If you didn't go to see The Expendables 3 this weekend, you might have missed out on one of the most interesting gay couples in a blockbuster this year.
Even if you did go see it, you may have still missed it. The moment is fairly small but it's completely deliberate. In the denouement of the movie, Arnold Schwarzenegger's "Trench" and Jet Li's "Yin Yang" are canoodling at the team's favorite bar when Sylvestor Stallone's character tells them to "get a room."
Director Patrick Hughes was asked about the moment in an interview with Grantland. "Did the former-Governator just silently flip off Prop 8? Are two of the Expendables together by the end of the movie? 'I believe they are,' Hughes says, like he just got away with something amazing."
There are myriad reasons why this moment is noteworthy and they're all worth mentioning: one of Hollywood's biggest action stars being depicted as gay, a gay couple being a part of a crimefighting team, and also the subtle way the inclusion is slipped in — not a plot point, just a fact of life.
Of course, this becomes even more interesting when considering Schwarzenegger's position on gay marriage as the former Governor of California and the inherent politicization the moment and the actor bring. His views have been mercurial at best: In 2005 and in 2007 he vetoed a same sex marriage bill, saying it was up to the Supreme Court to decide, but in 2008 he came out in defense of gay marriage for the first time, standing against Proposition 8. Then in 2012, his view was far more vague. Although he performed several gay wedding ceremonies, including one for his chief of staff Susan Kennedy's wedding, he was difficult to pin down on the topic. "I don't have to be for gay marriage," Schwarzenegger said in an interview with journalist Lesley Stahl quoted by Pink News, "I'm for that she [Kennedy] gets the kind of wedding and the kind of ceremony that I had when I got married with Maria [Shriver]."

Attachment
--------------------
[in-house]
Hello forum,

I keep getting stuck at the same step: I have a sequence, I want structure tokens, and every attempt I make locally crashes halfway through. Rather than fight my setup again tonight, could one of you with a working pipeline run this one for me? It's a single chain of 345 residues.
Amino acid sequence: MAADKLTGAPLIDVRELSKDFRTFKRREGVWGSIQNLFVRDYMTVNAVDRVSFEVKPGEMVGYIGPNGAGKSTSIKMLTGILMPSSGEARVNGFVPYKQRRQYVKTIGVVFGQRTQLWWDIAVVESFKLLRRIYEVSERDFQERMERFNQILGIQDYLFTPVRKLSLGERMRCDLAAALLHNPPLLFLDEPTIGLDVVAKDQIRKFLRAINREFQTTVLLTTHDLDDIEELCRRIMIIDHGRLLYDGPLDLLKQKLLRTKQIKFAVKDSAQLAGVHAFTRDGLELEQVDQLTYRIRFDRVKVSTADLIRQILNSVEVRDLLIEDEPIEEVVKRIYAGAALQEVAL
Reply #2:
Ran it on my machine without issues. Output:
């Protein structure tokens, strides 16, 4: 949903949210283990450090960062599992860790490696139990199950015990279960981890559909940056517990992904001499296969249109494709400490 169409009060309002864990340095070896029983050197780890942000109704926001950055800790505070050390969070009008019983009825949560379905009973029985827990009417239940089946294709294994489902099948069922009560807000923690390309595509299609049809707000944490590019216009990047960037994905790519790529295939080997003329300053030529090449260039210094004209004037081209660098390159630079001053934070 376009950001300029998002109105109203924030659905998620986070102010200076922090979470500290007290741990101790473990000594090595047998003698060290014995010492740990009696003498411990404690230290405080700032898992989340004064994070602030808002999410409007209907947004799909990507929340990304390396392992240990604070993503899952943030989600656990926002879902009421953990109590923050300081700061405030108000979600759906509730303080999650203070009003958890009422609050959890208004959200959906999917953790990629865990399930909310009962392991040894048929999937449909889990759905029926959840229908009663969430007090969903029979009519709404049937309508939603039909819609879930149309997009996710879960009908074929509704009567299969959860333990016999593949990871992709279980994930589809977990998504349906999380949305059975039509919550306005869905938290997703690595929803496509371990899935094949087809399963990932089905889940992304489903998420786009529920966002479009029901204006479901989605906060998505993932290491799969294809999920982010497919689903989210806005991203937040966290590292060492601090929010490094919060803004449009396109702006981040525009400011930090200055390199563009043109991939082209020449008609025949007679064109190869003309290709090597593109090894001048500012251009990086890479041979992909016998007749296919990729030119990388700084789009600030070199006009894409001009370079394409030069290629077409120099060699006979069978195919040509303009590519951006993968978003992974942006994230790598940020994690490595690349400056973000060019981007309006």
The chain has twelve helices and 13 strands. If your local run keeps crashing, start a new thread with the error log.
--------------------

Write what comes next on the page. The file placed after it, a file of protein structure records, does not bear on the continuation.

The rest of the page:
Jet Li's views on gay rights are less well known.
The moment is small, but it's almost all the better for it. It is not played for jokes like so many unexpectedly homosexual characters and it subverts the expected tying up of loose ends in an action movie during which men are usually rewarded with women. The Expendables also tends not to be concerned with sex or romance: Cinemablend went so far as to call the Expendables "sexless movies." For this to be one of the few sexual moments is great. It's also, hopefully, a sign of what's to come.